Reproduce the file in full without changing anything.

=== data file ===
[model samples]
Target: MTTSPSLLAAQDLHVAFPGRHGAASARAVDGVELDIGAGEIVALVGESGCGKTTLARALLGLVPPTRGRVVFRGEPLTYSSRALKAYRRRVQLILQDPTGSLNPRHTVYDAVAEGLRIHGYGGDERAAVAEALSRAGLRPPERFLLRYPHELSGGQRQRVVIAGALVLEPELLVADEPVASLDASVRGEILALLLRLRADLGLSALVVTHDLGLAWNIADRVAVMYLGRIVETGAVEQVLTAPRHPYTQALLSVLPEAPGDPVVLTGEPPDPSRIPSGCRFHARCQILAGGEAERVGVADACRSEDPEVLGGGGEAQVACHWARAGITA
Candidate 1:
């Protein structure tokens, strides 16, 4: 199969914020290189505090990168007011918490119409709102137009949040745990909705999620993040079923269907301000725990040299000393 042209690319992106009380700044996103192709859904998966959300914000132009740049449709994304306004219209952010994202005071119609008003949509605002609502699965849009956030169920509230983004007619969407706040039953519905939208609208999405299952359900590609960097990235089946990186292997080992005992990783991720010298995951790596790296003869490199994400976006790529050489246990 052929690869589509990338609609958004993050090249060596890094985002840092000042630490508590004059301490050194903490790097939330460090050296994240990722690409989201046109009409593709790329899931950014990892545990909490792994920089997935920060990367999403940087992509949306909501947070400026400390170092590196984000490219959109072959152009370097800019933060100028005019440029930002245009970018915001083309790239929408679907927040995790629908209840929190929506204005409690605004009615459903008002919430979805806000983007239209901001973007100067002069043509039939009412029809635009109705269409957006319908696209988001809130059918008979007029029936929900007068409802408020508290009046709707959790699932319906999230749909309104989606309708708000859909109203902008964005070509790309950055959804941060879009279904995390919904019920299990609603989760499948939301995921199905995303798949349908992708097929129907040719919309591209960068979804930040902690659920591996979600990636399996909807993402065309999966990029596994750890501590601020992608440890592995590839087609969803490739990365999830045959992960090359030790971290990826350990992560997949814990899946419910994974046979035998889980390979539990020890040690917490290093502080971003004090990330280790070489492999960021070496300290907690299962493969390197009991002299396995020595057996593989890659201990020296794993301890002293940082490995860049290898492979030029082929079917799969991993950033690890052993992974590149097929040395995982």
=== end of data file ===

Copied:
[model samples]
Target: MTTSPSLLAAQDLHVAFPGRHGAASARAVDGVELDIGAGEIVALVGESGCGKTTLARALLGLVPPTRGRVVFRGEPLTYSSRALKAYRRRVQLILQDPTGSLNPRHTVYDAVAEGLRIHGYGGDERAAVAEALSRAGLRPPERFLLRYPHELSGGQRQRVVIAGALVLEPELLVADEPVASLDASVRGEILALLLRLRADLGLSALVVTHDLGLAWNIADRVAVMYLGRIVETGAVEQVLTAPRHPYTQALLSVLPEAPGDPVVLTGEPPDPSRIPSGCRFHARCQILAGGEAERVGVADACRSEDPEVLGGGGEAQVACHWARAGITA
Candidate 1:
């Protein structure tokens, strides 16, 4: 199969914020290189505090990168007011918490119409709102137009949040745990909705999620993040079923269907301000725990040299000393 042209690319992106009380700044996103192709859904998966959300914000132009740049449709994304306004219209952010994202005071119609008003949509605002609502699965849009956030169920509230983004007619969407706040039953519905939208609208999405299952359900590609960097990235089946990186292997080992005992990783991720010298995951790596790296003869490199994400976006790529050489246990 052929690869589509990338609609958004993050090249060596890094985002840092000042630490508590004059301490050194903490790097939330460090050296994240990722690409989201046109009409593709790329899931950014990892545990909490792994920089997935920060990367999403940087992509949306909501947070400026400390170092590196984000490219959109072959152009370097800019933060100028005019440029930002245009970018915001083309790239929408679907927040995790629908209840929190929506204005409690605004009615459903008002919430979805806000983007239209901001973007100067002069043509039939009412029809635009109705269409957006319908696209988001809130059918008979007029029936929900007068409802408020508290009046709707959790699932319906999230749909309104989606309708708000859909109203902008964005070509790309950055959804941060879009279904995390919904019920299990609603989760499948939301995921199905995303798949349908992708097929129907040719919309591209960068979804930040902690659920591996979600990636399996909807993402065309999966990029596994750890501590601020992608440890592995590839087609969803490739990365999830045959992960090359030790971290990826350990992560997949814990899946419910994974046979035998889980390979539990020890040690917490290093502080971003004090990330280790070489492999960021070496300290907690299962493969390197009991002299396995020595057996593989890659201990020296794993301890002293940082490995860049290898492979030029082929079917799969991993950033690890052993992974590149097929040395995982």